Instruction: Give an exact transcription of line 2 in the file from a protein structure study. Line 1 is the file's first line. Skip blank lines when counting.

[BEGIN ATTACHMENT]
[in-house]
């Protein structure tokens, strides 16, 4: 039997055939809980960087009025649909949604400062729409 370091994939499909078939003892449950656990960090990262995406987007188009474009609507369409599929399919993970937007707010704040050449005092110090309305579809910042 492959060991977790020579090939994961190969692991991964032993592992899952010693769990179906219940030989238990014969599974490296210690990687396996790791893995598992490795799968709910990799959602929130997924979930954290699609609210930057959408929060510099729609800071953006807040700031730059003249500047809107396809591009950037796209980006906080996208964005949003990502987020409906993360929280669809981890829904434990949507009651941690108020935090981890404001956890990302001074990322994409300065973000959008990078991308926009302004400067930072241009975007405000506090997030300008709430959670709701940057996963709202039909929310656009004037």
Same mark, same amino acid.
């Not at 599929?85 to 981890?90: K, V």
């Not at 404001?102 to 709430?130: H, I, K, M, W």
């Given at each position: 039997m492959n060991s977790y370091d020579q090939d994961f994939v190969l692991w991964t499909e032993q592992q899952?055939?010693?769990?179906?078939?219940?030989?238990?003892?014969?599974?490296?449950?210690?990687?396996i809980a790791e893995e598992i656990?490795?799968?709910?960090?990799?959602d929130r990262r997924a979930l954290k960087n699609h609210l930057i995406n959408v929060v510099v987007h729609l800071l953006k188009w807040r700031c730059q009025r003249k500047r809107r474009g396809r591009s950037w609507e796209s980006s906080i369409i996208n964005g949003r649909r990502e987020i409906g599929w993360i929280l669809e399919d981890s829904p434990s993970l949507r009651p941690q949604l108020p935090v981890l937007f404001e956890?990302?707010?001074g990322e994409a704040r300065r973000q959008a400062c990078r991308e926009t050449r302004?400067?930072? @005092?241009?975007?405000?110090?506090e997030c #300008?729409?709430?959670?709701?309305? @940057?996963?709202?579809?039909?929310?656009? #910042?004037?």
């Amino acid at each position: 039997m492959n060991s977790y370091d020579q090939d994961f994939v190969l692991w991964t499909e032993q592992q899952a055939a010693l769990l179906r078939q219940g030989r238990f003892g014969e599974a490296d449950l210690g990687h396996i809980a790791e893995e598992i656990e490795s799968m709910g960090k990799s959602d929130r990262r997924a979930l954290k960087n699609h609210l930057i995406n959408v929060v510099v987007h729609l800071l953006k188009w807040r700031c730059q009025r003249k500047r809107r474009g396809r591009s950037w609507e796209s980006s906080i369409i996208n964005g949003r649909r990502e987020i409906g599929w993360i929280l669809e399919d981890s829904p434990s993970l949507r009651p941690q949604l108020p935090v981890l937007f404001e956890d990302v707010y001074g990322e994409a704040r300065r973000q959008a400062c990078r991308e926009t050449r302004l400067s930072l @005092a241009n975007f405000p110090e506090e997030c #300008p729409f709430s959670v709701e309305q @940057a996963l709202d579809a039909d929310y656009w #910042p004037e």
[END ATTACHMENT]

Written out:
């Protein structure tokens, strides 16, 4: 039997055939809980960087009025649909949604400062729409 370091994939499909078939003892449950656990960090990262995406987007188009474009609507369409599929399919993970937007707010704040050449005092110090309305579809910042 492959060991977790020579090939994961190969692991991964032993592992899952010693769990179906219940030989238990014969599974490296210690990687396996790791893995598992490795799968709910990799959602929130997924979930954290699609609210930057959408929060510099729609800071953006807040700031730059003249500047809107396809591009950037796209980006906080996208964005949003990502987020409906993360929280669809981890829904434990949507009651941690108020935090981890404001956890990302001074990322994409300065973000959008990078991308926009302004400067930072241009975007405000506090997030300008709430959670709701940057996963709202039909929310656009004037």